Wednesday, March 23, 2011

how I take my blog photos...

Hi all,
I put together this informational post on how I photograph my cards for my blog. I have learned a lot since my early blogging days and am happy to pass it along :)

Camera: This is the camera I am currently using, however, I am a firm believer that it is not the camera that gives you better photos!!! A point & shoot will work just fine.

start off by learning how to use your camera (I used the auto button for years before learning how to operate my camera), Now I shoot in manual, which give me much more freedom and flexibility than automatic. If your camera has a manual setting I encourage you to play around with it and learn how to shoot manually. This class helped me tremendously!!!

White Balance: the definition of WB is right here. This feature is usually under the menu options on your camera. Because different types of lighting give off different color it is important to set your WB on your camera (this is the reason why some photos look blueish or yellow). Most of the time auto is fine, but if I am using artificial lighting I will usually change it.

Settings: Use the Macro setting (or Manual) on your camera (Macro is indicated with a flower symbol, Manual is indicated with an M), for close up photos. Make sure to focus on the center of your image and keep your hands as still as possible to avoid blurry photos. I tend to fill the frame of my camera with my image (less to crop later). Take a few photos, even if the image looks good in the live view (sometimes that little view can be deceiving).

Lighting: Natural lighting is always best, but lets face it, a lot of times I am photographing my card at 8pm at night. I use this light box, but for the first 2 years of blogging I used a DIY one, instructions are here. Make sure your image in not in direct light to avoid shadows. Once you find a setting and lighting situation that works well for you~use it all the time to keep the consistency in your photos.

Here is an example of my old set up (DIY light box):
photo example diy lightbox

Here is my current set up:

light box 1
my desk

light box 2
light box (I keep my lights in the same position always~which makes it easier to get the consistant lighting I want).

light box 3

my card is ready for it's photo shoot :)

Backgrounds: Choose a background for your item that will "pop" your image. I personally like black, but that is just my preference. Think contrast!! You want to stay away from background colors that are similar in color to your card, which makes it hard to see.

Other tips: Take photos from various angles, top or side. And take lots of photos. I usually find that out of 5-10 images, I usually have one that is "blog worthy", meaning it is in focus and the color looks good.

Editing: I currently edit my photos with Photoshop CS4 (if you have a student, of any age, in the house you can get it at a huge savings here.). I originally started off with Elements (Elements 4 to be exact), and that is a great program as well. There are also free programs out there that I hear work great, like this one.

Once I upload my photos into CS4 I usually always adjust the brightness and contrast to my liking. Once I get my photo looking the way I like, I crop it (I usually do an 8x10 crop, because I like the square shape). Then I watermark my photo (I made my watermark into a brush, which is kind of like a stamp, in Photoshop then I just stamp it onto my image, instructions are here.). Then I sharpen and resize my image for the web.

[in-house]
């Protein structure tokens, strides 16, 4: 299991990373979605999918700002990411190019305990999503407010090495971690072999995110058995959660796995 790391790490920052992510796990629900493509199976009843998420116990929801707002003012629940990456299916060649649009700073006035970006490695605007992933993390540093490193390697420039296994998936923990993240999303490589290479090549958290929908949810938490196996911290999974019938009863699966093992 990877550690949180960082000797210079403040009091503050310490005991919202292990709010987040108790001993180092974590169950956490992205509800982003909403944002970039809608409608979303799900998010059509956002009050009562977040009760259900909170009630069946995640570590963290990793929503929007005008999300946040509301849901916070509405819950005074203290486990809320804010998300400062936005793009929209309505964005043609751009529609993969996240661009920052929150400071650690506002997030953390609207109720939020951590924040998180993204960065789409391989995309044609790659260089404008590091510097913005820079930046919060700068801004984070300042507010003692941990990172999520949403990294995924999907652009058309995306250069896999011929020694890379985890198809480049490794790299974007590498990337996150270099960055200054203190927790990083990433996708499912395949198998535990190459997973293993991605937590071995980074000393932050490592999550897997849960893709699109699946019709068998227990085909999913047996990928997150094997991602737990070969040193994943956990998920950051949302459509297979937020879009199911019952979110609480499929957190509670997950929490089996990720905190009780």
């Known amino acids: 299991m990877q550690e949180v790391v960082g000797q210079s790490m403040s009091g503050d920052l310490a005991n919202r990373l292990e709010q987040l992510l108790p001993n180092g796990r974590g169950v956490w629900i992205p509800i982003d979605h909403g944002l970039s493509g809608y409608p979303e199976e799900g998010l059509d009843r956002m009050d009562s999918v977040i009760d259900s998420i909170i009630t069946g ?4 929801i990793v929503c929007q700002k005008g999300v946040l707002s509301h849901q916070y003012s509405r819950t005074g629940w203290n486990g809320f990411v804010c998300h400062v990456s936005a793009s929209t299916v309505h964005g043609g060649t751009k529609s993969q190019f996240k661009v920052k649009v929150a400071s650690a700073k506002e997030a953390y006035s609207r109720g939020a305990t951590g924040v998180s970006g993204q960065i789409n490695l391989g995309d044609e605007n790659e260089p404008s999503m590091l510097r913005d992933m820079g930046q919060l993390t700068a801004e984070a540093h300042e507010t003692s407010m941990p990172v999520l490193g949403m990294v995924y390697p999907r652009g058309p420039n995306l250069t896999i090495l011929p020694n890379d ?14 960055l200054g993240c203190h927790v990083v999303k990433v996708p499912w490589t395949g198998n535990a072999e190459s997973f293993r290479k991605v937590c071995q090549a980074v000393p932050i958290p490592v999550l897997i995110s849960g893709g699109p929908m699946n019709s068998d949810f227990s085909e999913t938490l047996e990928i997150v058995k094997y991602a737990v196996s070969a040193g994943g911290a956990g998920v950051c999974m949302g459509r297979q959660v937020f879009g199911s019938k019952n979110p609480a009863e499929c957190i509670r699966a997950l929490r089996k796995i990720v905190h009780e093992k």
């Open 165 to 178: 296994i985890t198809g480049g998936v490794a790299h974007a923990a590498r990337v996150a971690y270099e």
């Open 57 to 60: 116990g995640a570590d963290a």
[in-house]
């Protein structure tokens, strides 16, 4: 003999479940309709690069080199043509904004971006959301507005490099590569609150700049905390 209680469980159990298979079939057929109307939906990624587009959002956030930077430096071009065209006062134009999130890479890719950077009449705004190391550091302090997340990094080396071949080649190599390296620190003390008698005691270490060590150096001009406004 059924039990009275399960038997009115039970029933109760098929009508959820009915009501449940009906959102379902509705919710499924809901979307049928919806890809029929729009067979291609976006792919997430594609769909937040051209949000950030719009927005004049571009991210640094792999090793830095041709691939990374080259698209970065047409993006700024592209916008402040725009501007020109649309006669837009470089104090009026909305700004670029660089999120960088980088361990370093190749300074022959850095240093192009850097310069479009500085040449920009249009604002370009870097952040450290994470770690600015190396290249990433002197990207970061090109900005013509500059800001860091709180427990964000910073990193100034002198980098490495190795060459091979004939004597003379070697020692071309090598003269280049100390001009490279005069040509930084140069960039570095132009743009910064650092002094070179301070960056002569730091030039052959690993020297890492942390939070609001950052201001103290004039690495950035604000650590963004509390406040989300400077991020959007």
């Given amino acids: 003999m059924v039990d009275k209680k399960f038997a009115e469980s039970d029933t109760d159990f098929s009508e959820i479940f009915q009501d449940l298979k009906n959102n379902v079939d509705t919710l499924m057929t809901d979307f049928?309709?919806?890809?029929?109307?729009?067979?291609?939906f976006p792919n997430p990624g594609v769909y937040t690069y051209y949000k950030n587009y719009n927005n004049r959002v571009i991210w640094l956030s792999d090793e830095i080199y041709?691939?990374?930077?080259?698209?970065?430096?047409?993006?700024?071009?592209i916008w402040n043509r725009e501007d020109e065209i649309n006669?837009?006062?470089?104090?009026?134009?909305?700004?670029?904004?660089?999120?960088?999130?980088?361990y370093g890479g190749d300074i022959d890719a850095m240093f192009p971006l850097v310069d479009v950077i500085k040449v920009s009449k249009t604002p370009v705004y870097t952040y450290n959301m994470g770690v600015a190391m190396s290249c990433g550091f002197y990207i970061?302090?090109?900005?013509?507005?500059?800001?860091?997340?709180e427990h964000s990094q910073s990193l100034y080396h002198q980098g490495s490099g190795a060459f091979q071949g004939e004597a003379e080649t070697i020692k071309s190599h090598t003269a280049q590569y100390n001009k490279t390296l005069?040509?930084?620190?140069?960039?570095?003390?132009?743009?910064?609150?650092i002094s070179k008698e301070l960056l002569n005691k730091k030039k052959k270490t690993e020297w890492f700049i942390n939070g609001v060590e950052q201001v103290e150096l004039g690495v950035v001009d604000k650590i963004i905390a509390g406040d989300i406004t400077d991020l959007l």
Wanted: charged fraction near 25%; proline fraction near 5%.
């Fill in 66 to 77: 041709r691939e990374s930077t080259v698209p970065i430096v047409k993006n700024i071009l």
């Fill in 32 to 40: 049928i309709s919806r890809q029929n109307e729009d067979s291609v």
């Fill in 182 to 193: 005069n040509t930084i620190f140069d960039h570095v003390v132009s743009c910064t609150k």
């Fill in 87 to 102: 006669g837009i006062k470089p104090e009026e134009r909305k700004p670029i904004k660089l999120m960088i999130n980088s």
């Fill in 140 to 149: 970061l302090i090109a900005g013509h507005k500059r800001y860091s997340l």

Here is an example:

photo example sooc

photo example edit

Sharpening: photos for web viewing usually requires sharpening and resizing. I use an action that I LOVE!!! (action-is a series of steps recorded in photoshop~like a shortcut, that you load into the program and hit play and let it do the work for you). The action I use is called Heidi's resize and sharpen, which is a free download, but the only way to get it is to become a member of the http://www.ilovephotography.com/ forum (which is also free to join). If you have Photoshop or Photoshop Elements and want to download the action, sign into your account at ilp and then find the link here. This action will also resize your photo to 72 dpi so the file does not take forever to upload and cannot be printed.

Flickr: Once my photo is sharpened and resized, I upload my photo to Flickr and copy the large file size html code for my blog, then paste. Step by step tutorial here.

Remember: Taking good photos is a learning process (which I am a student), Enjoy the learning process, of course it is natural to be frustrated (luckily digital photos can easily be deleted and don't cost anything to take)~but if you stick it out you will be rockin' that camera!!!

ok~go take some pictures!!!

7 comments:

Karen said...

THANK YOU SO MUCH GRETCHEN! That info is so super helpful! I'm gonna give a few of your tips a try!

Karen
x

Jodene said...

Thanks Gretchen, I have printed this post out so I will have it handy next time I take photos! I am yet to get out of auto mode myself ;) And I always take my pics during the day too because I can never get the lighting right at night!

Shelli Deckard said...

Awesome! Thank you so much~~~

Kelvin Chan said...

Great one Gretchen, serves as a good guide. I'll spend more time at your blog soon!


-Kelvin-

christine mae Engcoy said...
This comment has been removed by the author.
christine mae Engcoy said...

Yes it's true it doesn't matter how expensive the camera is but it is how you deal with your camera,how your captured the subject and the paper used in printing the pictures.
EPSON Premium Glossy Photo Paper

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